Which virtualization approach is better for grid computing?

Tim Freeman, Software Developer and Research Assistant at Globus Toolkit, wonders which approach is better for grid computing: server virtualization or OS partitioning?

…production grids are just warming up to the idea of one virtualization platform (Xen), not five at once 馃檪

In the long run, an important factor is the onus placed on the remote user when preparing its environment for deployment across a grid. With VMs or any kind of “contained” guest, you’ve always got to lock in your “capsule” to a certain environment in order for the container to accept it…

For grid applications, it is yet to be seen how important locking in to instruction sets is, but Xen is still a great option (acceptable performance, very portable and very isolated). The choice can affect a lot of things: ease of maintenance, security policies, resource availability, performance, etc…

Read the whole article at source. Highly recommended.

Podcast: Brian Madden interviews Citrix on Project Trinity

Brian Madden published a very interesting 38-minutes podcast where he interviews Brian Nason, Product Line Executive ofr Emerging Products, and Sumit Dhawan, Director of Product Management for Presentation Server, of Citrix about upcoming company approach to Virtual Desktop Infrastructure (VDI): Project Trinity.

Among questions addressed during the interview:

  • What is trinity specifically?
  • How does Citrix’s DDI (dynamic desktop initiative) differ from the more standard term VDI?
  • What are the VDI/DDI benefits and how does Trinity deliver these?
  • What technologies make trinity happen?
  • How will trinity fit it to other solutions from other vendors?
  • What is Citrix’s overall application strategy, and how does trinity fit in?
  • How Citrix will handle standard problems like printing, monitoring, management, etc.
  • What is the trinity architecture? How does it tie in the other backend Citrix architectures?
  • How will Citrix connect to an XP Workstation via ICA?

Listen the whole interview at source.

VMware VDI vs Citrix DDI

On the official Citrix architects blog an interesting article has been published trying to explain differences between original VMware Virtual Desktop Infrastructure (VDI) approach to virtualization and recently announced Citrix Dynamic Desktop Initiative (DDI):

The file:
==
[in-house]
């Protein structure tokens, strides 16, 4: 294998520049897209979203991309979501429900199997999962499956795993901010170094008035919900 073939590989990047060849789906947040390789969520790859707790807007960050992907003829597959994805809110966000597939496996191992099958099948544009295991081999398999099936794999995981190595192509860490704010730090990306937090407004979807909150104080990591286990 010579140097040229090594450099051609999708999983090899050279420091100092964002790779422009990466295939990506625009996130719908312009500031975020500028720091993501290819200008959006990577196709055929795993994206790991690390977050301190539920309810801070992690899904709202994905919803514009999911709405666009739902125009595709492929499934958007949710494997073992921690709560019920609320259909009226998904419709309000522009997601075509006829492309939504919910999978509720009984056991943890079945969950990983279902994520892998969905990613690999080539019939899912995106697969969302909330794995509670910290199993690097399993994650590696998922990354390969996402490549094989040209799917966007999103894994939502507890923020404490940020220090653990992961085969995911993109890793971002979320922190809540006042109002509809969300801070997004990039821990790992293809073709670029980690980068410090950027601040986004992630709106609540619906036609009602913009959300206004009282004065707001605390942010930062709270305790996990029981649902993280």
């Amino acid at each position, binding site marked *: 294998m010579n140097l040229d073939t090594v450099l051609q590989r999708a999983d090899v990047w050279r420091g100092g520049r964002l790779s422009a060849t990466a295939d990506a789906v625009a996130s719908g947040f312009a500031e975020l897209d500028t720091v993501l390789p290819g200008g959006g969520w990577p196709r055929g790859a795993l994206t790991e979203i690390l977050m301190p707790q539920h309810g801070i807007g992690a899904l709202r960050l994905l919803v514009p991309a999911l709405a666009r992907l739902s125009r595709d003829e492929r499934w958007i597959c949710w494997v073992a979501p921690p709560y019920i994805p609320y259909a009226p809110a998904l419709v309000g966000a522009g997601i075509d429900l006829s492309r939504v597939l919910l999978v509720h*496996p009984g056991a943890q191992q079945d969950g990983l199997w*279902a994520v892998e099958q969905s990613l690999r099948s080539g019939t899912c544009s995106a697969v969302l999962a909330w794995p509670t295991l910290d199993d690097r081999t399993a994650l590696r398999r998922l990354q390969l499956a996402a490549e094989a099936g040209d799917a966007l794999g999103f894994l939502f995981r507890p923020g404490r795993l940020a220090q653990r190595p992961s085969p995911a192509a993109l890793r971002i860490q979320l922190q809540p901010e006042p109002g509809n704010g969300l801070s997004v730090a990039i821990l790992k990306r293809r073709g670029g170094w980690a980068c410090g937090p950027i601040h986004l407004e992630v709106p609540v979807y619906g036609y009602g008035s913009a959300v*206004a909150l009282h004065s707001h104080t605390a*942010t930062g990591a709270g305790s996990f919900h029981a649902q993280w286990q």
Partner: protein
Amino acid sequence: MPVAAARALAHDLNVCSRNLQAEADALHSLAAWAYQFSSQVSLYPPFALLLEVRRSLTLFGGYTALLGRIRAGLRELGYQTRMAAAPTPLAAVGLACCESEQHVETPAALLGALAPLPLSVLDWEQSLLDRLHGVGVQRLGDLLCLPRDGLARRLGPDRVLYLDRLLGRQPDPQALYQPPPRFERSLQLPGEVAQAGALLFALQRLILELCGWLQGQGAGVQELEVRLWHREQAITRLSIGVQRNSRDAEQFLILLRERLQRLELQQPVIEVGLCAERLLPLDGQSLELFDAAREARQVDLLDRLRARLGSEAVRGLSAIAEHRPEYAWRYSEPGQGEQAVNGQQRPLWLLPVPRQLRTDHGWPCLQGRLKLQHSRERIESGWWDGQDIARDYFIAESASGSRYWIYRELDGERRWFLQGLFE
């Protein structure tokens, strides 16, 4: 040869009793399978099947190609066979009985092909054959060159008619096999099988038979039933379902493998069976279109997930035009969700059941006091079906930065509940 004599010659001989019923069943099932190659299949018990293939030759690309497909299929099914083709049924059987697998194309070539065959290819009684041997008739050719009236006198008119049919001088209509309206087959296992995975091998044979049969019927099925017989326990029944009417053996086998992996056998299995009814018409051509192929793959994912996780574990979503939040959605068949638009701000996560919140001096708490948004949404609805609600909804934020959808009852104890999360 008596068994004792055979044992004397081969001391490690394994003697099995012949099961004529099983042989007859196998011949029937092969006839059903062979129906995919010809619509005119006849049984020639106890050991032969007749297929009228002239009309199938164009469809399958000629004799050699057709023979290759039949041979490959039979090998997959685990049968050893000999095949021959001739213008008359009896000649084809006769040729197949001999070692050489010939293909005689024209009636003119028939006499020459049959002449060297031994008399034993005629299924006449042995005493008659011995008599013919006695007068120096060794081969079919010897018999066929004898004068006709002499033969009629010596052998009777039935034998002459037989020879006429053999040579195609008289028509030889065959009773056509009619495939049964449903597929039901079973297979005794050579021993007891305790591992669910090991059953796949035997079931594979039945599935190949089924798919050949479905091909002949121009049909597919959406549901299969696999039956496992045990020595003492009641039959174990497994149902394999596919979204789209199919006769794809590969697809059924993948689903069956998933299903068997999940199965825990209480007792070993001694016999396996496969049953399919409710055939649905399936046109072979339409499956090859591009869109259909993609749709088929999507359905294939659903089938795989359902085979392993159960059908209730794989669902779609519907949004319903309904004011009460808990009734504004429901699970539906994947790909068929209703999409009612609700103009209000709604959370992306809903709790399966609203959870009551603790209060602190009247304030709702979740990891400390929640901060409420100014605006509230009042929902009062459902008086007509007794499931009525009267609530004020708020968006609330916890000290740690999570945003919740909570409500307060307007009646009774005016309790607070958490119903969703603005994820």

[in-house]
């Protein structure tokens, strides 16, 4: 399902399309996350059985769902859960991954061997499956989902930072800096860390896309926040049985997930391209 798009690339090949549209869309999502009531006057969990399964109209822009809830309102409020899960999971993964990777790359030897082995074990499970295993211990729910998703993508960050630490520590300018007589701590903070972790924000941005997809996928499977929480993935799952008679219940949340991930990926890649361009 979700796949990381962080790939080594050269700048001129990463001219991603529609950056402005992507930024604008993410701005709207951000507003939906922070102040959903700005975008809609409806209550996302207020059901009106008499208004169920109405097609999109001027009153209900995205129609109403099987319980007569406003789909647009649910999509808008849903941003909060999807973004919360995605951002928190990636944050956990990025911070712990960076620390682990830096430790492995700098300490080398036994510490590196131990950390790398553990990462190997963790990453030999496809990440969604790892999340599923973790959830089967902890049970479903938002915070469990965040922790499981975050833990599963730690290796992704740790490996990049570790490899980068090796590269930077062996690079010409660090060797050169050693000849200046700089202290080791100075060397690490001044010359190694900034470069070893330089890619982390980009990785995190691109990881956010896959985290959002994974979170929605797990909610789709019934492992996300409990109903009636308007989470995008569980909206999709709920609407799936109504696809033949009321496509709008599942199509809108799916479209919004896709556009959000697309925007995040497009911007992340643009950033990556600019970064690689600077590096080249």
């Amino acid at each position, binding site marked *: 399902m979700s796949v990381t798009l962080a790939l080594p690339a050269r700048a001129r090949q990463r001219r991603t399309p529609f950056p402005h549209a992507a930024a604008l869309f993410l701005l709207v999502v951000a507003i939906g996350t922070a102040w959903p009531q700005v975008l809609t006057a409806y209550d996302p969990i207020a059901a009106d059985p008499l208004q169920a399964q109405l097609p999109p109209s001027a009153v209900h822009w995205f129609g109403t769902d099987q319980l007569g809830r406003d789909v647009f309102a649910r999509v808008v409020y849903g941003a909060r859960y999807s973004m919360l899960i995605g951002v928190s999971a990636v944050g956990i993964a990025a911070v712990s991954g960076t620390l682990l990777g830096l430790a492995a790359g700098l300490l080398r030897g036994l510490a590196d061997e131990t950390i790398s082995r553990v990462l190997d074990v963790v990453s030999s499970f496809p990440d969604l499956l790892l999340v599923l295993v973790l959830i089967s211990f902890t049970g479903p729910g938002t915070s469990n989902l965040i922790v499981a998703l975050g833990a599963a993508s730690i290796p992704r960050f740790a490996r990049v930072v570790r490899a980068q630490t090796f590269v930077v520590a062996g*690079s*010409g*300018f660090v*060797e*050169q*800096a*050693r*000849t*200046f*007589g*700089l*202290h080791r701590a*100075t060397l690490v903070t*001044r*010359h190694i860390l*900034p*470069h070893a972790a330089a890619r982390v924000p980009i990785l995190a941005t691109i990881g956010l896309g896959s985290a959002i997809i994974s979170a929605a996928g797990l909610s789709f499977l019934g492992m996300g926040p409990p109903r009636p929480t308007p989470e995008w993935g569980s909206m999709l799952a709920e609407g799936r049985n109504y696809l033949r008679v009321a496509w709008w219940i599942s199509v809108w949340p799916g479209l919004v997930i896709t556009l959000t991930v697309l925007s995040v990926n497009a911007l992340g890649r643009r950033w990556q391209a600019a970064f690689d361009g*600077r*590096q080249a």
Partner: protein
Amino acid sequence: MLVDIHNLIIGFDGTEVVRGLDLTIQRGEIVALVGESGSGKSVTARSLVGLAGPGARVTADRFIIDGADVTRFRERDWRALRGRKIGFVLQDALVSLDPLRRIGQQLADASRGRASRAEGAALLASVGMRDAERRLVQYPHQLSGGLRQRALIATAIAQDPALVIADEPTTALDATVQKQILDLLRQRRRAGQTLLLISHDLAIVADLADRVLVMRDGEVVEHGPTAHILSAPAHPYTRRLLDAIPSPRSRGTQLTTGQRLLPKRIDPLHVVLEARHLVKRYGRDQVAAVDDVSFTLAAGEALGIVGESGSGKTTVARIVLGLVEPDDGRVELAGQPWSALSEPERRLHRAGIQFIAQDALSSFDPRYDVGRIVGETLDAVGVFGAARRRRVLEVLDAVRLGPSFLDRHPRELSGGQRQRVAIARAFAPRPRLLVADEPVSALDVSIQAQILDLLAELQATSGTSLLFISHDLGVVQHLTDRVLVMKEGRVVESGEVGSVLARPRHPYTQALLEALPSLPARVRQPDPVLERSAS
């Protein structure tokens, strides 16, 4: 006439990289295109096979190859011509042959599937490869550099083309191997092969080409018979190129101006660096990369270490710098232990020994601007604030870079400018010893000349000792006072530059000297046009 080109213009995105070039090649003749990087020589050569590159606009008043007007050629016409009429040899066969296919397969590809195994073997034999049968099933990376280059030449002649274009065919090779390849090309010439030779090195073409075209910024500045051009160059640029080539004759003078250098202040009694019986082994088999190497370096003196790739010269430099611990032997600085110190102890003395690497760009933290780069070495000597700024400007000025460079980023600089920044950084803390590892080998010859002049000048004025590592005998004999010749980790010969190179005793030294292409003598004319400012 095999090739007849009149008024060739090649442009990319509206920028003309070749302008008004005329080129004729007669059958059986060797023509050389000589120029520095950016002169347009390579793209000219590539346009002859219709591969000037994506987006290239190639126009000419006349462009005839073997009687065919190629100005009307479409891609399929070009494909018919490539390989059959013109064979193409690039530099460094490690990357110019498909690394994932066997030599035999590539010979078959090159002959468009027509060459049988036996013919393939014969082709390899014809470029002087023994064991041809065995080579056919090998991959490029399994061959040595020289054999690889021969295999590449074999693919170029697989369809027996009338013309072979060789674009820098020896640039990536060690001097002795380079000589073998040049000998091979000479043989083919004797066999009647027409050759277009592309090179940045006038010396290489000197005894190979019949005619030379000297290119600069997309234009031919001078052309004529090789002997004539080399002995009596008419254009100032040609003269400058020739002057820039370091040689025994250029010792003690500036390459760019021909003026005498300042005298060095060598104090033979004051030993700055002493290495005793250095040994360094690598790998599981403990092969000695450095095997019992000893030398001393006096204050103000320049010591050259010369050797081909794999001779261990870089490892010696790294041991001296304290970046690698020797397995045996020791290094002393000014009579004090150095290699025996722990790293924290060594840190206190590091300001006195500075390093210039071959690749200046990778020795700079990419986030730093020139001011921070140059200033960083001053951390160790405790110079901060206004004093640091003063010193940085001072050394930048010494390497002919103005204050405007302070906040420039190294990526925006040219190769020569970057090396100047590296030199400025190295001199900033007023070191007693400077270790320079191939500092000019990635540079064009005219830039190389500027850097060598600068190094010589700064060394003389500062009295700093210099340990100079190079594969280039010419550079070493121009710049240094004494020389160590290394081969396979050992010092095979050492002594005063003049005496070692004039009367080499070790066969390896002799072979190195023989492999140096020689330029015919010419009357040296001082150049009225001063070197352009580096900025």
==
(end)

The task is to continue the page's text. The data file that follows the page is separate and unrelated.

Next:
The major difference between DDI and VDI should be clear from the choice of terms and acronyms: while 鈥渧irtualization鈥 clearly plays a big role in VDI, the more generic term 鈥渄ynamic鈥 is used for DDI. This highlights that we envisage Trinity to be a generic desktop brokering solution that is not intimately tied to a particular virtualization solution with desktops executing as virtual machines.
More specifically, VDI is of course VMware’s term, hence in a strict sense a VDI solution would require desktops to execute on top of VMware’s Virtual Infrastructure. However, it is straightforward to generalise the concept for other virtualization vendors such as Microsoft or XenSource…

Read the whole article at source.

Virtual Desktop Infrastructure overview

Patrick Rouse wrote a good article describing elements of the emerging use of virtualization called Virtual Desktop Infrastructure (VDI), originally launched by VMware:

VDI is VMware鈥檚 designation for the hosting and virtualization of a individual Client OS like Windows XP Professional, Windows Vista or Linux on VMware ESX. The intent is to be able to deploy, secure and manage enterprise desktops in the data center.

For those used to managing server based computing environments, consisting of Windows Terminal Servers and Citrix, managing VDI is definitely similar task. The difference is that instead of managing numerous centralized, multi-user server operating systems, one would be managing potentially hundreds, or thousands of centralized, virtualized single user operating systems.

VDI is not one product, but rather a technology consisting of five separate components:..

Read the whole article at source.

Security: VMware ESX Server “Expect” Header Handling Cross Site Scripting Vulnerability

Because of a vulnerability in Apache web server, VMware ESX Server (from 2.0.2 to 3.0.1 version) is prone to a cross-site scripting attack:

A bug was found in Apache where an invalid Expect header sent to the server was returned to the user in an unescaped error message. This could allow an attacker to perform a cross-site scripting attack if a victim was tricked into connecting to a site and sending a carefully crafted Expect header.

While a web browser cannot be forced to send an arbitrary Expect header by a third-party attacker, it was recently discovered that certain versions of the Flash plugin can manipulate request headers. If users running such versions can be persuaded to load a web page with a malicious Flash applet, a cross-site scripting attack against the server may be possible.

Read the whole security advisor at source.

At the moment of writing there is no patch available from VMware to address this vulnerability.

Scalent joins HP BladeSystem Solution Builder Program

Quoting from the Scalent official announcement:

Scalent Systems, the leading provider of server infrastructure repurposing software for large enterprise data centers, today announced that it has joined the HP BladeSystem Solution Builder Program. Through its membership, Scalent can more tightly integrate its Virtual Operating Environment (V/OE鈩) software product with the HP BladeSystem c-Class architecture, extending Scalent’s management of the HP platform to increased out-of-the-box functionality.

The Scalent solution encompasses support for Linux, Solaris and Windows, and hypervisors like VMware and Xen, as well as supporting and extending the capabilities of the HP BladeSystem “best-run” solutions…